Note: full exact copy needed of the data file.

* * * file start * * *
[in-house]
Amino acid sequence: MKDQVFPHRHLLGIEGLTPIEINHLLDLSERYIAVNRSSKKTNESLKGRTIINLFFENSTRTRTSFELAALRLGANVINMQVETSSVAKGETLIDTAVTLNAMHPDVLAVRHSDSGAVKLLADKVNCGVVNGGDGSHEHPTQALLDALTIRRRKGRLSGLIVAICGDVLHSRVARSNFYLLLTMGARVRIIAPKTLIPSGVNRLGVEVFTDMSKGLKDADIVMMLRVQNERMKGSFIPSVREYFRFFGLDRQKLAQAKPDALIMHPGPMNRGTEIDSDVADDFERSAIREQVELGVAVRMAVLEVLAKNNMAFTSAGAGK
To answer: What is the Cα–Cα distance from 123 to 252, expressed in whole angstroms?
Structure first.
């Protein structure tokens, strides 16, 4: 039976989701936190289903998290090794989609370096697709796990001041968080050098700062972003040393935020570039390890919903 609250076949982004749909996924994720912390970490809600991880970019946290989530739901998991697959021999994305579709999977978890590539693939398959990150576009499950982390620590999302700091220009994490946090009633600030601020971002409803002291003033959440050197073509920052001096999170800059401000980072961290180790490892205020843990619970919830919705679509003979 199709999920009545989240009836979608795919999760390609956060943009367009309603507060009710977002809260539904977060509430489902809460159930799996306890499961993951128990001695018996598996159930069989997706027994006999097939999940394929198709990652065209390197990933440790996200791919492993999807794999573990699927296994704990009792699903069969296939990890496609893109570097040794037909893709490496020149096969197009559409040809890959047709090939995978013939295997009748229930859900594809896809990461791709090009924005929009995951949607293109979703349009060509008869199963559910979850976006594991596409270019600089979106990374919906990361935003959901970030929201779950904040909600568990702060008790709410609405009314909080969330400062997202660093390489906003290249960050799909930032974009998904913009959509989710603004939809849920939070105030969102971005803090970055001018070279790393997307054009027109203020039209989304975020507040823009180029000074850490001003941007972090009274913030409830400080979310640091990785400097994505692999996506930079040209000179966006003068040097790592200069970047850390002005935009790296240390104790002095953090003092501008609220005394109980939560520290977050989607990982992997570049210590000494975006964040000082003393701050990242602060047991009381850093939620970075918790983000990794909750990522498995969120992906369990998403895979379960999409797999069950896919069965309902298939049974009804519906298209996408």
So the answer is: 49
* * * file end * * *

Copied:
[in-house]
Amino acid sequence: MKDQVFPHRHLLGIEGLTPIEINHLLDLSERYIAVNRSSKKTNESLKGRTIINLFFENSTRTRTSFELAALRLGANVINMQVETSSVAKGETLIDTAVTLNAMHPDVLAVRHSDSGAVKLLADKVNCGVVNGGDGSHEHPTQALLDALTIRRRKGRLSGLIVAICGDVLHSRVARSNFYLLLTMGARVRIIAPKTLIPSGVNRLGVEVFTDMSKGLKDADIVMMLRVQNERMKGSFIPSVREYFRFFGLDRQKLAQAKPDALIMHPGPMNRGTEIDSDVADDFERSAIREQVELGVAVRMAVLEVLAKNNMAFTSAGAGK
To answer: What is the Cα–Cα distance from 123 to 252, expressed in whole angstroms?
Structure first.
């Protein structure tokens, strides 16, 4: 039976989701936190289903998290090794989609370096697709796990001041968080050098700062972003040393935020570039390890919903 609250076949982004749909996924994720912390970490809600991880970019946290989530739901998991697959021999994305579709999977978890590539693939398959990150576009499950982390620590999302700091220009994490946090009633600030601020971002409803002291003033959440050197073509920052001096999170800059401000980072961290180790490892205020843990619970919830919705679509003979 199709999920009545989240009836979608795919999760390609956060943009367009309603507060009710977002809260539904977060509430489902809460159930799996306890499961993951128990001695018996598996159930069989997706027994006999097939999940394929198709990652065209390197990933440790996200791919492993999807794999573990699927296994704990009792699903069969296939990890496609893109570097040794037909893709490496020149096969197009559409040809890959047709090939995978013939295997009748229930859900594809896809990461791709090009924005929009995951949607293109979703349009060509008869199963559910979850976006594991596409270019600089979106990374919906990361935003959901970030929201779950904040909600568990702060008790709410609405009314909080969330400062997202660093390489906003290249960050799909930032974009998904913009959509989710603004939809849920939070105030969102971005803090970055001018070279790393997307054009027109203020039209989304975020507040823009180029000074850490001003941007972090009274913030409830400080979310640091990785400097994505692999996506930079040209000179966006003068040097790592200069970047850390002005935009790296240390104790002095953090003092501008609220005394109980939560520290977050989607990982992997570049210590000494975006964040000082003393701050990242602060047991009381850093939620970075918790983000990794909750990522498995969120992906369990998403895979379960999409797999069950896919069965309902298939049974009804519906298209996408």
So the answer is: 49